I will continue to work with nGenera, as the company continues on its journey. But I will continue as an independent, not an employee. Although, admittedly, it’s scary facing the prospect of not having a salary during oh, say, the worst economic crisis ever in my adult life time, I remain optimistic. Let’s just say I’m taking a huge leap of faith that dictates when I jump off this ledge, there will be a large, strong net– the social web– ready to catch me. I’ve been inspired by so many in the 2.0 community to trust, to share, to work together to achieve common goals. Now I’m putting my own rhetoric to the test. Is there a market here or not?

I hope you’ll help me prove there is. If you’re interested in speaking to me about any way I can help your organization grapple with 2.0, or if you’re a vendor who feels misunderstood and under-appreciated, you know where to find me– I’ll be home, here on the social web. I look forward to having a conversation.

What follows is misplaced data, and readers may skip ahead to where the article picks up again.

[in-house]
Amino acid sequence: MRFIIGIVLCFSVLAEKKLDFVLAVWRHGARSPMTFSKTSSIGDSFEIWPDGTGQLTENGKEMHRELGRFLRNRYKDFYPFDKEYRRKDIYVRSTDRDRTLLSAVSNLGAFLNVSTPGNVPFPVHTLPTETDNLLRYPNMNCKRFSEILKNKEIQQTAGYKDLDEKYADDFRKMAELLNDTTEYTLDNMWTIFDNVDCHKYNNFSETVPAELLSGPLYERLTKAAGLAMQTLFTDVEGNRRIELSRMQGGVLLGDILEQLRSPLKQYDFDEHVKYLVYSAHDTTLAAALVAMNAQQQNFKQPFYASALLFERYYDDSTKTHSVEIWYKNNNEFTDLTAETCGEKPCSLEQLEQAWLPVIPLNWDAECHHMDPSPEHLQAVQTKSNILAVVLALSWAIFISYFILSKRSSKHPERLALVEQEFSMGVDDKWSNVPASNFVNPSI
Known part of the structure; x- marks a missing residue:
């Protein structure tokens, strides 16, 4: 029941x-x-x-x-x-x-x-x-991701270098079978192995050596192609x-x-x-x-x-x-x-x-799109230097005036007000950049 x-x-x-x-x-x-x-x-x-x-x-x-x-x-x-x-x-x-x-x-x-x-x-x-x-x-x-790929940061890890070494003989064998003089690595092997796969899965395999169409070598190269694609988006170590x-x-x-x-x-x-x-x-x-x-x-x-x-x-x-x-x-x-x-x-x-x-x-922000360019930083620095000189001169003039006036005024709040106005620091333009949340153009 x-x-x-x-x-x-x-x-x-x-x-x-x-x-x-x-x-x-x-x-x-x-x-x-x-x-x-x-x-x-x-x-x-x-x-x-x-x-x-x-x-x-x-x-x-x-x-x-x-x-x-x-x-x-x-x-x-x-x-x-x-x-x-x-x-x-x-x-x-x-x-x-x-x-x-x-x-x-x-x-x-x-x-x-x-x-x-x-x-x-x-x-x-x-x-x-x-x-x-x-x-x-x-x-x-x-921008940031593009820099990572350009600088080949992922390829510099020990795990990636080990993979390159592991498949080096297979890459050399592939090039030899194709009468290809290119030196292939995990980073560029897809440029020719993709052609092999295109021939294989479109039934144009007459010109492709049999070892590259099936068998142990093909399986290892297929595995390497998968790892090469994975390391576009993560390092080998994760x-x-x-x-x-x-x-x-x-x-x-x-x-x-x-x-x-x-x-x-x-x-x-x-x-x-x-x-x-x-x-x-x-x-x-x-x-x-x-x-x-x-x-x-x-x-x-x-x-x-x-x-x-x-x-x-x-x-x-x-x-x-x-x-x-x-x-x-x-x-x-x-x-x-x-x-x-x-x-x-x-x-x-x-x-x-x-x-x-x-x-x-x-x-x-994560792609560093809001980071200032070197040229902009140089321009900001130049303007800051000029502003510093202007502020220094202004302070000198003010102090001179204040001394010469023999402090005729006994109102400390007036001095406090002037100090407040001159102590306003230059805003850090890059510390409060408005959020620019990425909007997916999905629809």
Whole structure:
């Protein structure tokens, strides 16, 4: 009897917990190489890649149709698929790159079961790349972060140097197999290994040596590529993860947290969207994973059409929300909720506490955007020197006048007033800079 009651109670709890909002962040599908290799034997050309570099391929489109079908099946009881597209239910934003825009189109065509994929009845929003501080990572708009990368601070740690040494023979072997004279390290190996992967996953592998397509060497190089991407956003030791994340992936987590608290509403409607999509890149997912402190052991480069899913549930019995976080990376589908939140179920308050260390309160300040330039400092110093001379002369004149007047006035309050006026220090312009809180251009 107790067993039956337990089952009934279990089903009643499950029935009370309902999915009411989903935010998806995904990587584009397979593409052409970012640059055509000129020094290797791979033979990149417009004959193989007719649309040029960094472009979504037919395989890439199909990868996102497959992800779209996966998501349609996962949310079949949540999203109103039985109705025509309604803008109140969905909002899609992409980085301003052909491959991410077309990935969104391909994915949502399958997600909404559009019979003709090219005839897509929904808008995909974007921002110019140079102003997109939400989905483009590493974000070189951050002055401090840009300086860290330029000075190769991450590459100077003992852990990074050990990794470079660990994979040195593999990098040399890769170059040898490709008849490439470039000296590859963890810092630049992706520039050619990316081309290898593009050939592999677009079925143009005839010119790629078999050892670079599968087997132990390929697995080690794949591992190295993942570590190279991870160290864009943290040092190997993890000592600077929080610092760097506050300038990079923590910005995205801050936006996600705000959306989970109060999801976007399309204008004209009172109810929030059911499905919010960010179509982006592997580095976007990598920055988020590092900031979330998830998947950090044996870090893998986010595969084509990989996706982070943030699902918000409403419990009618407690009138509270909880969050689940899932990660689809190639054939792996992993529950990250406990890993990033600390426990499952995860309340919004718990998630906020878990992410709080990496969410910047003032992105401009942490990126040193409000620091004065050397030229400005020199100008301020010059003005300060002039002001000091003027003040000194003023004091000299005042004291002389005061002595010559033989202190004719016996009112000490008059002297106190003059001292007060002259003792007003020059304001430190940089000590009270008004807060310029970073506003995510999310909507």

And, if you really want to help, but don’t have a budget (lol), do me a social networking solid and leave me a recommendation on LinkedIn.

Experimentation, success, failure, and fun with global collaboration.

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In the spirit of drawing the Enterprise 2.0 community together, I started a small experiment this week. On Tuesday late in the afternoon (Austin time), I set up an open Google spreadsheet to capture Twitter IDs for folks in the community who felt they associated with Enterprise 2.0. Within minutes, the spreadsheet was buzzing, popping, and humming with simultaneous edits being made from all over the world. Of course, the initial tweet was retweeted throughout various follower communities and social networks which led to a bit of a viral chaos. A few times we even had a complete breakdown in the spreadsheet where Google couldn’t keep up with the simultaneous edits. At another time, someone had either inadvertently erased all the data, or maliciously erased all the data… in the end it didn’t matter because someone else had made a copy and we quickly reverted to an earlier version. All of this happened in a one – two hour period, in different time zones. Within two hours, there were over 200 names on the list. Today, there are nearly 300 people who’ve added their information to the original list which contained 10 people. You can see it for yourself here.